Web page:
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Located in the centre of the old town Nanjing, Kempinski Hotel Nanjing is adjacent to the Ming Dynasty Palace Ruins, the world’s largest palace complex during the Middle Ages. To remind people of the transient yet glorious dynasty and to endow the hotel with unique memorable points and core competitiveness, the designer applies cultural narratives of Ming Dynasty to the magnificent space to give a review of the ancient Chinese civilization that appeared 600 years ago.
Typical cultural themes of the Ming Dynasty, such as the ‘Imperial Palace’, ‘Jiangnan Examination Hall’, ‘Qinhuai Night Scenery’ and ‘Jinling Taverns’, are included in the space design. Through modern design approaches, rather than boring history reproduction, the design simplifies the otherwise complex palace architecture and royal culture, making space an epitome of history, a place that meets modern people’s residential requirements, as well as a perfect integration of international hotel brand advantages and local ethnic features.
The lobby was the main point of the design. Its east-to-west orientation, plus the glass-structured curtain wall, introduces strong sunlight to the interior space. To reduce light transmittance, the ceiling is decorated with dark metal instead of regular white paint to darken the tone in the space. Carved feature screens, made of double-layered metal panels and placed at the reception, not only help weaken dazzling light but also lead guests into historical context through the Ming Royal architecture motif.
The design maximizes the usage of natural light to lower energy consumption. Cases include main function areas like the western restaurant, bar, lobby and lobby lounge all being arranged along the glass curtain wall to borrow outside landscapes and light for ambience creation. Ceramic tiles, low-impact paint and other innovative environment-friendly materials are used in the fitness centre to create an interior relaxation environment closer to nature.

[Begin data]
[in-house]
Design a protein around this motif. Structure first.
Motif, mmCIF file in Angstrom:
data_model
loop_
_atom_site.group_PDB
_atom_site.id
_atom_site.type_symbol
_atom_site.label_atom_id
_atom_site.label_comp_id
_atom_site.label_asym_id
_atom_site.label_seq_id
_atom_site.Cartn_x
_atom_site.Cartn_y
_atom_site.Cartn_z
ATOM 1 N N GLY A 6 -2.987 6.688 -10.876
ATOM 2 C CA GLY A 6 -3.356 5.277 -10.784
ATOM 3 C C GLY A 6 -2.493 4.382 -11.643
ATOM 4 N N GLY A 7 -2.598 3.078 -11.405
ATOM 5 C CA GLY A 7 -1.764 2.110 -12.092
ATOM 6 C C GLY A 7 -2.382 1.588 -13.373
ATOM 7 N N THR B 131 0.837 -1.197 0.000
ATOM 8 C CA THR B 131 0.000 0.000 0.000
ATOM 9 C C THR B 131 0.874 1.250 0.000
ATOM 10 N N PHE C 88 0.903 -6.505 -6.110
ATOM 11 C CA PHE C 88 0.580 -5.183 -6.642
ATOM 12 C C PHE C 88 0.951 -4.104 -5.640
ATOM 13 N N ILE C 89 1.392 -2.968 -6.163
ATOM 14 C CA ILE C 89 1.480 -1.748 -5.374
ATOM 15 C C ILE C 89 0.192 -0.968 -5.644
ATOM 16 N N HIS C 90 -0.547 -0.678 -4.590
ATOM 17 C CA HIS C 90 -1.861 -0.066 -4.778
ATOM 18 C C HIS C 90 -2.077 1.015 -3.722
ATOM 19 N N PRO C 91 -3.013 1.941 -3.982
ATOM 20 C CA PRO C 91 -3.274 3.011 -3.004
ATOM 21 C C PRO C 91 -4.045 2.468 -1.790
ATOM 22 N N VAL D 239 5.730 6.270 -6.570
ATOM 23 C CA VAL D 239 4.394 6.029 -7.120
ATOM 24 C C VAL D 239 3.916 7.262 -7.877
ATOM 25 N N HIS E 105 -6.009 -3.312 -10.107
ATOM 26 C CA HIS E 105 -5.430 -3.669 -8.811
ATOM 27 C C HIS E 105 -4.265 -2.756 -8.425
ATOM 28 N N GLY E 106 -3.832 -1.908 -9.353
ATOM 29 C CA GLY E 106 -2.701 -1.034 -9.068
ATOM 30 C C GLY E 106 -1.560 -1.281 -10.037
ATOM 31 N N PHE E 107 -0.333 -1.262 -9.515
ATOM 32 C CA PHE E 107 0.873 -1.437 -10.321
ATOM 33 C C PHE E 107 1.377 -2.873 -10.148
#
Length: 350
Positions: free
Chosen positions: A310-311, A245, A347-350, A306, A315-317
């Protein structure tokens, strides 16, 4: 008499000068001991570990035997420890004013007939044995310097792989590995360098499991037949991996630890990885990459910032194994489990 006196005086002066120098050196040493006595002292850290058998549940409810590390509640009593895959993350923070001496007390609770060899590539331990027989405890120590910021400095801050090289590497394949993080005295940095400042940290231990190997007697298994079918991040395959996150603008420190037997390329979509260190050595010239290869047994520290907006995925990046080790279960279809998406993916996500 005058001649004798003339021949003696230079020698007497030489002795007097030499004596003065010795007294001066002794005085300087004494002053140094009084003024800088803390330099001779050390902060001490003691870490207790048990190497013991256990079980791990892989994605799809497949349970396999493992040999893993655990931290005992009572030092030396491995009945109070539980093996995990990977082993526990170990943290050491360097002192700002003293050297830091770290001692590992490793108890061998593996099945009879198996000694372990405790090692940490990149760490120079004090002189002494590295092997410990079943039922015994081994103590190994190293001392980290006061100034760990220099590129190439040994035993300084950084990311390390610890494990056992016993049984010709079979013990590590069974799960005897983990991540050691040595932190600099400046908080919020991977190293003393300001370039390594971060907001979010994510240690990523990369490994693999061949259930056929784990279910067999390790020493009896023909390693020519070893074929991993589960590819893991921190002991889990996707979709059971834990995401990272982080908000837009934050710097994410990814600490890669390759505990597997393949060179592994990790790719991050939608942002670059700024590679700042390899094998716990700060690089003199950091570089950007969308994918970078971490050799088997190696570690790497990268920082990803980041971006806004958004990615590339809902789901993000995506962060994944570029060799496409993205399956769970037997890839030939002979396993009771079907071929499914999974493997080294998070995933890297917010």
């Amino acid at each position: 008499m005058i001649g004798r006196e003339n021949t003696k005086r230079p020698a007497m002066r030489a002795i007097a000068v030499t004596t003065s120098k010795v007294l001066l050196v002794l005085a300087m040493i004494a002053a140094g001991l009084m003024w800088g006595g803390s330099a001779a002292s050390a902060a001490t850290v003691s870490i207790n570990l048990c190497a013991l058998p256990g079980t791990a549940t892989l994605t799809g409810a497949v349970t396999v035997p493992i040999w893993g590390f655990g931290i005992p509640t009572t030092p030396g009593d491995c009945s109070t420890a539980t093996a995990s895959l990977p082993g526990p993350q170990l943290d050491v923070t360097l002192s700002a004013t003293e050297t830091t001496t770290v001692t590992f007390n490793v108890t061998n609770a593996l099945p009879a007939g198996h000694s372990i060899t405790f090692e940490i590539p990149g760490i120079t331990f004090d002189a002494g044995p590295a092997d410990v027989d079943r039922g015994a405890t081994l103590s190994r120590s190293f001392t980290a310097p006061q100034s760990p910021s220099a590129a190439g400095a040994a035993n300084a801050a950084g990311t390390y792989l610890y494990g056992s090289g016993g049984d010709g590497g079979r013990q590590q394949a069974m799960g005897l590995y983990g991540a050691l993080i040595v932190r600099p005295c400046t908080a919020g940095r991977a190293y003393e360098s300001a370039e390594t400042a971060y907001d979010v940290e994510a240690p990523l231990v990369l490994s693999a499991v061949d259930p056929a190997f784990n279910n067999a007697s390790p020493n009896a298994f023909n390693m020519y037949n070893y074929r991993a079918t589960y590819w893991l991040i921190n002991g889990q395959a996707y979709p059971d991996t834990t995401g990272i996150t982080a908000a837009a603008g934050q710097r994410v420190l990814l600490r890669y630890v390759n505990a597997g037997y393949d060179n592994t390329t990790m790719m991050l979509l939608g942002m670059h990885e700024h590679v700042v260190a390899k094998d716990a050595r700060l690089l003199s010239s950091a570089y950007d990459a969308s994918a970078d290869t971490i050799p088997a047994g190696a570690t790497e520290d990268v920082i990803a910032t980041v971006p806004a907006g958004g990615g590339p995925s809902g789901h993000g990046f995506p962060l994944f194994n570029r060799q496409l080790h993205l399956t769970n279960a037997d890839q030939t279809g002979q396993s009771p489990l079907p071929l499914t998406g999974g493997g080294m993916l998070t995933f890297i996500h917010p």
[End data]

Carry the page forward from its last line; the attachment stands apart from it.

In terms of circulation design, considering business requirements and later-phase operation, the designer separates public areas from guestroom areas. The lobby and guestrooms are on higher levels, which can be reached via dedicated elevators and therefore provide a better and more private living experience. In contrast, the ballroom and restaurants are on the first floor to facilitate hotel guest services and to attract a surrounding potential customer. What is more, the lobby lounge, meeting room, bar and other adjacent function areas share the F&B preparation system to optimize public space efficiency while maximizing the hotel’s revenue.
Yangbangsheng & Associates Group (YANG) is a large-scale Chinese design corporation based in Shenzhen, with offices in Paris, New York, Shanghai, Chengdu and Wuhan. YANG plays a leading role in China’s culturally distinctive hotel design, by insisting on an internationalized interpretation of local cultures and oriental aesthetics, and has constantly presented high-quality works, which won more than 200 awards at home and abroad, including Best of Hotel Category Award in the IIDA Global Excellence Awards Competition and the Best Resort in 34th annual Gold Key Awards for Excellence in Hospitality Design.
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